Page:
Unaccompanied Immigrant Children Face Challenges in Immigration Court

By Sean Lewis, Immigration Attorney June 4, 2014
Recent major media reports and White House press releases verify what our office has known for quite some time: extreme violence and poverty in Guatemala, Honduras and El Salvador have forced many unaccompanied minors to cross the U.S. Border and have flooded young migrant shelters in record numbers. President Obama characterized the surge as an “urgent humanitarian crisis” and has requested $1.4 billion in extra funding to help house and feed these children. Estimates put the number of unaccompanied minor children (UAC) at 35,000 to date in 2014. By contrast, in 2011, only 6,560 were placed into shelters. By the end of this year, the government estimates some 60,000 UAC’s will attempt entry into the U.S.
Our office has heard grueling stories told by these children, some as young as 10 years old, regarding the killings of family members and of the rampant corruption of the police who are also involved in the violence. Organized criminal groups and gangs such as MS-13, Mara 18, Las Zetas operate with impunity. Starvation is a fact of daily life. Many of our UAC clients live in the Knoxville and Chattanooga area and meet us in our offices in East Tennessee. There is a surprising large population of Guatemalans in Chattanooga and Hondurans in the Knox and Sevier Counties.

Once in the care of the Office of Refugee Resettlement/Department of Health and Human Services (HHS/ORR), these children are typically placed with family members in the region and placed into removal (deportation) proceedings with the local immigration courts at Memphis or Atlanta. Because attorneys are not provided free of charge in deportation proceedings, many of these children face eventual removal back to situations that may result in death or torture.
The legal options available to the small percentage of unaccompanied minor children (UAC) who obtain immigration counsel are often time-consuming, complex and expensive to pursue. Most involve asylum cases dealing with gang violence which are exceedingly difficult to win. Such cases must be filed before an immigration judge within one year of entering the United States.
The best option usually requires inter alia a juvenile court order finding that reunification with one or both parents in the country of origin is not in the best interests of the minor, and that the minor is dependent and neglected (abandoned) and a ward of the court. Once the juvenile order is made in state court, the Department of Homeland Security (DHS) ICE attorneys usually agree to terminate removal proceedings to allow a juvenile to seek residency before the United States Immigration and Citizenship Services (USCIS). The particular petition is called a “Special Immigrant Juvenile” status petition (SIJ)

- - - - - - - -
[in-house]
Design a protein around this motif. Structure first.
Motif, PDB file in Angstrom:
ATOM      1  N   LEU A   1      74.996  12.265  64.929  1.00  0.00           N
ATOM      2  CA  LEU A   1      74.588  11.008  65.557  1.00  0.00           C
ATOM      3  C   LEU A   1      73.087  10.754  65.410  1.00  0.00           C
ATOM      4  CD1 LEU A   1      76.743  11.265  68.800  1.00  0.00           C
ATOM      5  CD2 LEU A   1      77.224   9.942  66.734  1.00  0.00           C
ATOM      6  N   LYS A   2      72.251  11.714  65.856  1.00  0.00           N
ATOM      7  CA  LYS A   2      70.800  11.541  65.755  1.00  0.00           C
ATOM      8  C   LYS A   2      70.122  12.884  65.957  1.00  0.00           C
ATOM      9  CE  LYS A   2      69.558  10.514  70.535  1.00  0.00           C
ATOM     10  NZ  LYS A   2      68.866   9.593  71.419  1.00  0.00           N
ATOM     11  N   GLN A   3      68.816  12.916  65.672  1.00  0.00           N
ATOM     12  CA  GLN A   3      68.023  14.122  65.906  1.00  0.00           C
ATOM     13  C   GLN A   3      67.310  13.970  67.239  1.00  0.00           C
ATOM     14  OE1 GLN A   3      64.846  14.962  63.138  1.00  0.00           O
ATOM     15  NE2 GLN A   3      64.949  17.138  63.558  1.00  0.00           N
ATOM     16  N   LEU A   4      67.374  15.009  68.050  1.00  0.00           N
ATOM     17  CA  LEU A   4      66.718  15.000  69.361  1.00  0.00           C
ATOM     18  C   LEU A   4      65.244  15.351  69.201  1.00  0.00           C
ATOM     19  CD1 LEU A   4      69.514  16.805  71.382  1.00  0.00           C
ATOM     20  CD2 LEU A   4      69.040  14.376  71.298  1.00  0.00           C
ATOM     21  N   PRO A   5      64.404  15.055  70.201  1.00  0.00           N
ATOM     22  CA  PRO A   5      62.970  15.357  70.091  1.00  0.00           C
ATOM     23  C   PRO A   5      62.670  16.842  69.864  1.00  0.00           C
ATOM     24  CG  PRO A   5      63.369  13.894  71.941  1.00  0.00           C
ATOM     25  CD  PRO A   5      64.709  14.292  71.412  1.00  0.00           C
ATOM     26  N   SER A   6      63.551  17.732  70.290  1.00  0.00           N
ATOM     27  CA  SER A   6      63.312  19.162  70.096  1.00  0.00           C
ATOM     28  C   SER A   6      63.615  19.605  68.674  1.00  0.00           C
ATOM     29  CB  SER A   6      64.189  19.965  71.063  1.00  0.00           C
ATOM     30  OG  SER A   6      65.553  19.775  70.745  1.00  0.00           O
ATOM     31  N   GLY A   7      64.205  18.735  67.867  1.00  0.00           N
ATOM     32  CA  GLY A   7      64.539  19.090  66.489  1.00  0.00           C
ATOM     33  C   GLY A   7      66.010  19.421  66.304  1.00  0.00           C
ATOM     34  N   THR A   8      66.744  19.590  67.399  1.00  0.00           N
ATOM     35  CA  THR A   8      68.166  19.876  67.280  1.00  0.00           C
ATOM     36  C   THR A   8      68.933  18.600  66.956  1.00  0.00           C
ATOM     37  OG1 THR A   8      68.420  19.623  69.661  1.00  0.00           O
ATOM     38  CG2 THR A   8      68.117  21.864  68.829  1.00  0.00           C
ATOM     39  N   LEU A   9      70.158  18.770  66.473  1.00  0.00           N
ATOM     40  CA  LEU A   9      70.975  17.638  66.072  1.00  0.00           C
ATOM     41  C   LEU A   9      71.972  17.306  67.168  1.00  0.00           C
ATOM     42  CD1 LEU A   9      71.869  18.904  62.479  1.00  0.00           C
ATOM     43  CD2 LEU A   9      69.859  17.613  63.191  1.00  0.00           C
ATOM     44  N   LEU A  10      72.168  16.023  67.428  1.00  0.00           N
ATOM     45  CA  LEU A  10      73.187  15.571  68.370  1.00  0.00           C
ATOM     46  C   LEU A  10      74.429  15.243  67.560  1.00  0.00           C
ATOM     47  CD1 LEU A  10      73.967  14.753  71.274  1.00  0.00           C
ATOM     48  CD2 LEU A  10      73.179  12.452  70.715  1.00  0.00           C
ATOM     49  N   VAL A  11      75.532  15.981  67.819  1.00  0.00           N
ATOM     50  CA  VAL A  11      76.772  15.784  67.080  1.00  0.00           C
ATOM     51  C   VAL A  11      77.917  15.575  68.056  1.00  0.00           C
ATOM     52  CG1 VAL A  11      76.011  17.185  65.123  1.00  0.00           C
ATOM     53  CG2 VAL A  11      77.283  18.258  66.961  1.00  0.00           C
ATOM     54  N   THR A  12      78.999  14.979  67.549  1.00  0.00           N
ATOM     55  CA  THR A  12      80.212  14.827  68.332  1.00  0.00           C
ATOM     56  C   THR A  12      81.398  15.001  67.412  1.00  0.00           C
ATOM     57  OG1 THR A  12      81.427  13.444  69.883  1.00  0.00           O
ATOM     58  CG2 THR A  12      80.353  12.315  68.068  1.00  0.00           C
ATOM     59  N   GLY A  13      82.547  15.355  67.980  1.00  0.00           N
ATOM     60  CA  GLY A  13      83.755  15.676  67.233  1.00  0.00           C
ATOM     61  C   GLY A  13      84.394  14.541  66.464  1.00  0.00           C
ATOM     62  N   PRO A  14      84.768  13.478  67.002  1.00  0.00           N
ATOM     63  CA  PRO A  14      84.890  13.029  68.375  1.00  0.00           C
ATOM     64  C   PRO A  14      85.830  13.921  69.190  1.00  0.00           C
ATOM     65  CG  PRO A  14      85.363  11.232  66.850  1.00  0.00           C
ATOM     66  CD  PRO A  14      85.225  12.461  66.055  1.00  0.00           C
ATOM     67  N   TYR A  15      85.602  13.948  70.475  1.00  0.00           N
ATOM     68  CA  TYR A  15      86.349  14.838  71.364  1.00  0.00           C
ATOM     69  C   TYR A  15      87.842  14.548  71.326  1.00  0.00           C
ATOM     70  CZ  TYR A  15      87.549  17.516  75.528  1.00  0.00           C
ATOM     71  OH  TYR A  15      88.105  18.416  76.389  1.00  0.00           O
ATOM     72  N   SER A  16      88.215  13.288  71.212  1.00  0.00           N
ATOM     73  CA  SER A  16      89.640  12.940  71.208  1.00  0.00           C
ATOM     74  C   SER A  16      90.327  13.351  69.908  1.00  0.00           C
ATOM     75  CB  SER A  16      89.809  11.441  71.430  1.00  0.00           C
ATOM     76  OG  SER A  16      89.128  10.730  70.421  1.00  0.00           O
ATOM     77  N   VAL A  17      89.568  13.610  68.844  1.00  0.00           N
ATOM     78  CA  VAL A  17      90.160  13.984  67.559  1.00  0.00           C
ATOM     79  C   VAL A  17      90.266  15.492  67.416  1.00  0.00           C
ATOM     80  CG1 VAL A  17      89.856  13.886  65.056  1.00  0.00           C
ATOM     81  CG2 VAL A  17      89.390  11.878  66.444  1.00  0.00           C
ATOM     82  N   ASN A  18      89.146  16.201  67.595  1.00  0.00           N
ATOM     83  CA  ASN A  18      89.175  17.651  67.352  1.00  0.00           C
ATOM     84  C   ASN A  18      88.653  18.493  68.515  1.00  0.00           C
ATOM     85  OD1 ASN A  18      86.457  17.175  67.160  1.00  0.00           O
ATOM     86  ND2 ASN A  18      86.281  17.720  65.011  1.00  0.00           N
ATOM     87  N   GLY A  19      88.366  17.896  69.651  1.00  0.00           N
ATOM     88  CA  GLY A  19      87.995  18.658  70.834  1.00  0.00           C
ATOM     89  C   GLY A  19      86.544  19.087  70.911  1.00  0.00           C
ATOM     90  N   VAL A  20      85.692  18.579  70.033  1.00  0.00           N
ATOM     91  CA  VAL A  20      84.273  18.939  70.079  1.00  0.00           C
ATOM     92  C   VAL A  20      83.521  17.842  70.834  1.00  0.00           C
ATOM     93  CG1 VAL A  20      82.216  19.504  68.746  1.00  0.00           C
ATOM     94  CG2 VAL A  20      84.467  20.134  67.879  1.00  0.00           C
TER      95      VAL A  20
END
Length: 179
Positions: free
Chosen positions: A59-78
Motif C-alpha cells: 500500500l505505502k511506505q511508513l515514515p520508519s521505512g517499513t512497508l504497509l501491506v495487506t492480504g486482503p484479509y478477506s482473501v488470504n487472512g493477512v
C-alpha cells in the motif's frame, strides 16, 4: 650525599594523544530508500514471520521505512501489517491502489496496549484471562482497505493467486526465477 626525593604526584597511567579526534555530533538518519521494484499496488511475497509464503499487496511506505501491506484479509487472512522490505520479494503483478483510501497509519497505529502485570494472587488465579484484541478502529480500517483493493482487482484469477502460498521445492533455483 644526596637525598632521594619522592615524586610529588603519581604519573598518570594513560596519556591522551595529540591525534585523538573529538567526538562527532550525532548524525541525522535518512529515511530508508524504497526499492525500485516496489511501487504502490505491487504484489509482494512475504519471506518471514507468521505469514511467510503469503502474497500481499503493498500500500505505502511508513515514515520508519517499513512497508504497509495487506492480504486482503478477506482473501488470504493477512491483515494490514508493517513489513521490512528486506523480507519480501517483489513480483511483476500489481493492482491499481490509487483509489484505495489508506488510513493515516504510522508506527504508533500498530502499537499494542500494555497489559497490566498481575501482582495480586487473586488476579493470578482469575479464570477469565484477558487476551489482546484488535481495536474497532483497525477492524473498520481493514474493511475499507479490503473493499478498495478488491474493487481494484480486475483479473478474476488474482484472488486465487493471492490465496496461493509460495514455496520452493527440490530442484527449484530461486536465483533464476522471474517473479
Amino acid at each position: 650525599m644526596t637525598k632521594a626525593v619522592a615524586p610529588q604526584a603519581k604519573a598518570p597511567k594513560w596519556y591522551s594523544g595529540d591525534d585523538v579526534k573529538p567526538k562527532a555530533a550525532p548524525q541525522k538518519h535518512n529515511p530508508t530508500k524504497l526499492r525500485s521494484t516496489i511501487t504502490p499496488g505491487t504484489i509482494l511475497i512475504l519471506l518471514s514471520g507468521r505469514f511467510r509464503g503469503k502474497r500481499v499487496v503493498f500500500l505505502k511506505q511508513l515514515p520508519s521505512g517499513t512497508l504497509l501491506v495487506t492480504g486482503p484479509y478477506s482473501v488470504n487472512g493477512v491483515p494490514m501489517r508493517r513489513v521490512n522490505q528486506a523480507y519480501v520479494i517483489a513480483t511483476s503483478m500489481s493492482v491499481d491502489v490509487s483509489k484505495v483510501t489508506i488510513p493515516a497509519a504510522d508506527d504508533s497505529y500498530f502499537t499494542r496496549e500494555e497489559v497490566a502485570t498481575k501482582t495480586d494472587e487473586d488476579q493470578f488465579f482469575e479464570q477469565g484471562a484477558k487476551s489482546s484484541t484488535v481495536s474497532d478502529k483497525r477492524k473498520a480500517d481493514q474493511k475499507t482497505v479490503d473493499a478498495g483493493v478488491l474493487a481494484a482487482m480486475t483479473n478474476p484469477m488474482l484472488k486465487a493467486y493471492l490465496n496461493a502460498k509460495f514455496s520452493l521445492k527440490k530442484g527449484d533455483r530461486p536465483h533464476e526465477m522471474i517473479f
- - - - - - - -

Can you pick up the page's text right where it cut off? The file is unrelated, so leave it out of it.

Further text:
Many people are surprised when they realize how complex and burdensome this process really is. In fact, the number of agencies involved alone is perplexing: Customs Border Patrol (CBP) makes an arrest, HHS/ORR places the children in shelters, the Department of Justice (DOJ/EOIR) adjudicates the deportation proceedings initiated by Immigration Customs Enforcement (ICE), state juvenile courts adjudicate guardianship/dependency and neglect proceedings and lastly, the USCIS adjudicates applications for permanent residency following adjudication of a Special Immigrant Juvenile Petition! In sum, no less that six (6) separate governmental entities are involved in this process.

Cultural and language differences add an additional barrier. Often these minors “age-out” at age 18 and cannot obtain the proper juvenile court orders. We have had many cases involving 17 year-old UAC clients facing the spectacle of aging-out. Some of these children are reunited with both parents which would seem to be a blessing by most. However, SIJ status will not be granted where such a reunification has occurred. Unaccompanied immigrant children ultimately face an immigration judge and the high burden of proving grounds for asylum exist. Gang-based cases are especially disfavored by the courts and are typically rejected under precedential case law. In sum, unaccompanied immigrant children face challenges in immigration court.

Sean Lewis is a Spanish-speaking Nashville immigration attorney who practices immigration law and hybrid juvenile-immigration law. 615-226-4236 (615-ABO-GADO). Email: Sean@MusicCityVisa.com. Sean Lewis is a Knoxville and Chattanooga Immigration Attorney.
Sean Lewis is an immigration attorney based in Nashville, Tennessee. He may be reached at 615-226-4236.